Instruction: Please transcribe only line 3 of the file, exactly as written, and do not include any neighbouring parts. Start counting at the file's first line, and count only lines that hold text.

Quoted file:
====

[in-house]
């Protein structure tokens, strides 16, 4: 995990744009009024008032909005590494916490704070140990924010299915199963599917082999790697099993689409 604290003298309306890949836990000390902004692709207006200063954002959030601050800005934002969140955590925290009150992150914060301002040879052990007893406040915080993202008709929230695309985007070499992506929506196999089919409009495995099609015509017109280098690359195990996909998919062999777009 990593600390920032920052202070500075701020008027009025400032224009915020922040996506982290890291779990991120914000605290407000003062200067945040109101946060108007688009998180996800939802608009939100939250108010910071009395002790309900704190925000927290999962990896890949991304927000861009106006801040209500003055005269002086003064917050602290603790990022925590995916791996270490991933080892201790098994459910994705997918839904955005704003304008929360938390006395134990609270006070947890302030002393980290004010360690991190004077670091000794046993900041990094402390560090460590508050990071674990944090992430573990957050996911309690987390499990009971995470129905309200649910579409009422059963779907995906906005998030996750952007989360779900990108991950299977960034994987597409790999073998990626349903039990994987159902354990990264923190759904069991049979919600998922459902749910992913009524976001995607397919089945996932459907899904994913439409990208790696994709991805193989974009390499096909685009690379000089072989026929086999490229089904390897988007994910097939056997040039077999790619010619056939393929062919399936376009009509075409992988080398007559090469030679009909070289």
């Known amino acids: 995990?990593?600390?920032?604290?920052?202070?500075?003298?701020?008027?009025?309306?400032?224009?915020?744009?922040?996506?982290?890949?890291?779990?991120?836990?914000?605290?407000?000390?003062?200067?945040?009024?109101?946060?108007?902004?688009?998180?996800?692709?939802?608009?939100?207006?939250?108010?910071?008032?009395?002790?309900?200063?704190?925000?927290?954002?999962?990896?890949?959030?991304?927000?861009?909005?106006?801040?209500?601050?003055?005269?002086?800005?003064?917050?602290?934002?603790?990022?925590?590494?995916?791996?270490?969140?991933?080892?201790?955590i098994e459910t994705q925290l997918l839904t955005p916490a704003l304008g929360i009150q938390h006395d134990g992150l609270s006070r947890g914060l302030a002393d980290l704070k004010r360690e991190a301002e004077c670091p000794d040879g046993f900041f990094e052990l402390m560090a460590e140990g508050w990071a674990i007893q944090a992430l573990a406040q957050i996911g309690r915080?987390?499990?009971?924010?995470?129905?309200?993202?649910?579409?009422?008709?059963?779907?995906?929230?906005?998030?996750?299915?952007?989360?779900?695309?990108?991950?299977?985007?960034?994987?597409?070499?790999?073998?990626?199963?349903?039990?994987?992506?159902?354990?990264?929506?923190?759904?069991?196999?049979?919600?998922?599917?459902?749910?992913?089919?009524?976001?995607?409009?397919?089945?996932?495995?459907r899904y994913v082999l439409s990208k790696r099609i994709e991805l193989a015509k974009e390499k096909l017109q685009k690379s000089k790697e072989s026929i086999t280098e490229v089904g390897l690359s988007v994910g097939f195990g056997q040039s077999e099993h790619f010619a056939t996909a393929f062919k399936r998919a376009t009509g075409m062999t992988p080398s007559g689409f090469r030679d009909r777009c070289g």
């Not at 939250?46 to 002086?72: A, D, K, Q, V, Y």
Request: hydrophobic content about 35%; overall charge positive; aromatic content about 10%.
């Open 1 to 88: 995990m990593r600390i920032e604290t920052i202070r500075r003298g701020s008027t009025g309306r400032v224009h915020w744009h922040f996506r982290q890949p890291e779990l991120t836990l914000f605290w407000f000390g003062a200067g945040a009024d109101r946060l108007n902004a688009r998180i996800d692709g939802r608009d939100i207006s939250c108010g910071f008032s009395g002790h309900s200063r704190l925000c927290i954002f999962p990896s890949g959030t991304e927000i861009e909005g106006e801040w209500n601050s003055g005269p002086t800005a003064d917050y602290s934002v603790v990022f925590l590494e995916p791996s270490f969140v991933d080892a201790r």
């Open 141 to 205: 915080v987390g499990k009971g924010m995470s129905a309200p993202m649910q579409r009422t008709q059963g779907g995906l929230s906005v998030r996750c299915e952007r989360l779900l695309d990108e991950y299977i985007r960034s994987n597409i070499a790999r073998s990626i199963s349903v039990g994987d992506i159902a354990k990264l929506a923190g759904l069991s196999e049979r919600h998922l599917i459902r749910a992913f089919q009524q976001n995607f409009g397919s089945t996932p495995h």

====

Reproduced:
């Known amino acids: 995990?990593?600390?920032?604290?920052?202070?500075?003298?701020?008027?009025?309306?400032?224009?915020?744009?922040?996506?982290?890949?890291?779990?991120?836990?914000?605290?407000?000390?003062?200067?945040?009024?109101?946060?108007?902004?688009?998180?996800?692709?939802?608009?939100?207006?939250?108010?910071?008032?009395?002790?309900?200063?704190?925000?927290?954002?999962?990896?890949?959030?991304?927000?861009?909005?106006?801040?209500?601050?003055?005269?002086?800005?003064?917050?602290?934002?603790?990022?925590?590494?995916?791996?270490?969140?991933?080892?201790?955590i098994e459910t994705q925290l997918l839904t955005p916490a704003l304008g929360i009150q938390h006395d134990g992150l609270s006070r947890g914060l302030a002393d980290l704070k004010r360690e991190a301002e004077c670091p000794d040879g046993f900041f990094e052990l402390m560090a460590e140990g508050w990071a674990i007893q944090a992430l573990a406040q957050i996911g309690r915080?987390?499990?009971?924010?995470?129905?309200?993202?649910?579409?009422?008709?059963?779907?995906?929230?906005?998030?996750?299915?952007?989360?779900?695309?990108?991950?299977?985007?960034?994987?597409?070499?790999?073998?990626?199963?349903?039990?994987?992506?159902?354990?990264?929506?923190?759904?069991?196999?049979?919600?998922?599917?459902?749910?992913?089919?009524?976001?995607?409009?397919?089945?996932?495995?459907r899904y994913v082999l439409s990208k790696r099609i994709e991805l193989a015509k974009e390499k096909l017109q685009k690379s000089k790697e072989s026929i086999t280098e490229v089904g390897l690359s988007v994910g097939f195990g056997q040039s077999e099993h790619f010619a056939t996909a393929f062919k399936r998919a376009t009509g075409m062999t992988p080398s007559g689409f090469r030679d009909r777009c070289g």